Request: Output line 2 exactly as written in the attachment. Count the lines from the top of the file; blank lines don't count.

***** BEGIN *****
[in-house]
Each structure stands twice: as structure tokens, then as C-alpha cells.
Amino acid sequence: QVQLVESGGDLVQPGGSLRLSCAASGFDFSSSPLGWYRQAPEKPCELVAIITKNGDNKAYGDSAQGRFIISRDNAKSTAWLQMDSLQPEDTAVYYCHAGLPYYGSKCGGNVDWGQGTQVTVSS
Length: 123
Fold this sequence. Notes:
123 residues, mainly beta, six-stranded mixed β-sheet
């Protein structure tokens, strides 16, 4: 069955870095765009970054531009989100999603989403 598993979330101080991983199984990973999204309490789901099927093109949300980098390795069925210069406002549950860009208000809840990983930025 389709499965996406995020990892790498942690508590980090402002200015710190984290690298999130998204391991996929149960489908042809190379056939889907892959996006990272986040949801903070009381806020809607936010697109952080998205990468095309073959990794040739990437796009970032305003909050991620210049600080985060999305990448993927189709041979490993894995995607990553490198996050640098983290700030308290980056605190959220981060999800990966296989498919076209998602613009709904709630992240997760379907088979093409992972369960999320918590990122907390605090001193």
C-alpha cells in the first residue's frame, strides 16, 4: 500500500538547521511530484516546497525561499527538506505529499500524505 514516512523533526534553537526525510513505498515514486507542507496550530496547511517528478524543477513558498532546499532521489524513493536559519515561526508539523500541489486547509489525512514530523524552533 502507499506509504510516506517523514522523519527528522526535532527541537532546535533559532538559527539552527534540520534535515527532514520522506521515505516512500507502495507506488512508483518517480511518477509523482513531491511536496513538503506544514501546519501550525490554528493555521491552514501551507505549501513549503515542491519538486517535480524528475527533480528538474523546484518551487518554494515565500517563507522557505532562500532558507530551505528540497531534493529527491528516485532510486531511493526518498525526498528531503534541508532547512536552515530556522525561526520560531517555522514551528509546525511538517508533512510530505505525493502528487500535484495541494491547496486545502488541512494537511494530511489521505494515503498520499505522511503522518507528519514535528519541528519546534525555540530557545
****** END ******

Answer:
Each structure stands twice: as structure tokens, then as C-alpha cells.